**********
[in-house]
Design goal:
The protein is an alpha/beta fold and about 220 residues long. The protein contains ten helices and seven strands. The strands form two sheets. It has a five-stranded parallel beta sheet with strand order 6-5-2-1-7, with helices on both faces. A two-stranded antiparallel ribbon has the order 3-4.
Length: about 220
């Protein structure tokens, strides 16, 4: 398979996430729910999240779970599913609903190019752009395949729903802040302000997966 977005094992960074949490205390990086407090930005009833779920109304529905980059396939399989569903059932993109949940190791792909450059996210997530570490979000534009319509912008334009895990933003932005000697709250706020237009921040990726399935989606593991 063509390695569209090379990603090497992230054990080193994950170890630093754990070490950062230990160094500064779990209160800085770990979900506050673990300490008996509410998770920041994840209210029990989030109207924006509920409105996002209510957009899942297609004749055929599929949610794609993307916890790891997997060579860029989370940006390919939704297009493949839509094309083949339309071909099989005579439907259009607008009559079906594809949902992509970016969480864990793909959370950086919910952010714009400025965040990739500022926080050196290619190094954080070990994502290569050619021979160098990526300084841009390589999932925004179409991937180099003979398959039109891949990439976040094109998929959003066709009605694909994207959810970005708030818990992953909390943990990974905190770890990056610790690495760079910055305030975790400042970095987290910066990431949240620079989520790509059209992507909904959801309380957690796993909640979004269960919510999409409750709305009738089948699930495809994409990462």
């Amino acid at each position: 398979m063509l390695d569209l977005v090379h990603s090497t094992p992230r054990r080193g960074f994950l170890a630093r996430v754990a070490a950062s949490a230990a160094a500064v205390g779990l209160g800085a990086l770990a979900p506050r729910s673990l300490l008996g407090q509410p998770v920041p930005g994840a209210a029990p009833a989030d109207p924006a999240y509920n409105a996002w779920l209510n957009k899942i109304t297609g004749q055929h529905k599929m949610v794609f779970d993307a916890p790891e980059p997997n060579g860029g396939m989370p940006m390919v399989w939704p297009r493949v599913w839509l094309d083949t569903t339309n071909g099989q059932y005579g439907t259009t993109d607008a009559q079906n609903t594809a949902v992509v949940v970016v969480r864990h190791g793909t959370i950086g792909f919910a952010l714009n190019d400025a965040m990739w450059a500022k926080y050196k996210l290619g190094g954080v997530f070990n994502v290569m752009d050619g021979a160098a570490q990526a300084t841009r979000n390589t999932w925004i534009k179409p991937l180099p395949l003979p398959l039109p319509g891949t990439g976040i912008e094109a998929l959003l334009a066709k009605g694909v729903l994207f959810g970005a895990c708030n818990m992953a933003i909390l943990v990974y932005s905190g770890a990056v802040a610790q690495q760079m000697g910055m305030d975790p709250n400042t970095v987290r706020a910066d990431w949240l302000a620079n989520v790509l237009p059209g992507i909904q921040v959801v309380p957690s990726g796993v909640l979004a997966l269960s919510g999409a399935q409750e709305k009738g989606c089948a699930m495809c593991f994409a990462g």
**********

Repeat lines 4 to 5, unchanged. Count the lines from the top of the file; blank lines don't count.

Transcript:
Length: about 220
């Protein structure tokens, strides 16, 4: 398979996430729910999240779970599913609903190019752009395949729903802040302000997966 977005094992960074949490205390990086407090930005009833779920109304529905980059396939399989569903059932993109949940190791792909450059996210997530570490979000534009319509912008334009895990933003932005000697709250706020237009921040990726399935989606593991 063509390695569209090379990603090497992230054990080193994950170890630093754990070490950062230990160094500064779990209160800085770990979900506050673990300490008996509410998770920041994840209210029990989030109207924006509920409105996002209510957009899942297609004749055929599929949610794609993307916890790891997997060579860029989370940006390919939704297009493949839509094309083949339309071909099989005579439907259009607008009559079906594809949902992509970016969480864990793909959370950086919910952010714009400025965040990739500022926080050196290619190094954080070990994502290569050619021979160098990526300084841009390589999932925004179409991937180099003979398959039109891949990439976040094109998929959003066709009605694909994207959810970005708030818990992953909390943990990974905190770890990056610790690495760079910055305030975790400042970095987290910066990431949240620079989520790509059209992507909904959801309380957690796993909640979004269960919510999409409750709305009738089948699930495809994409990462």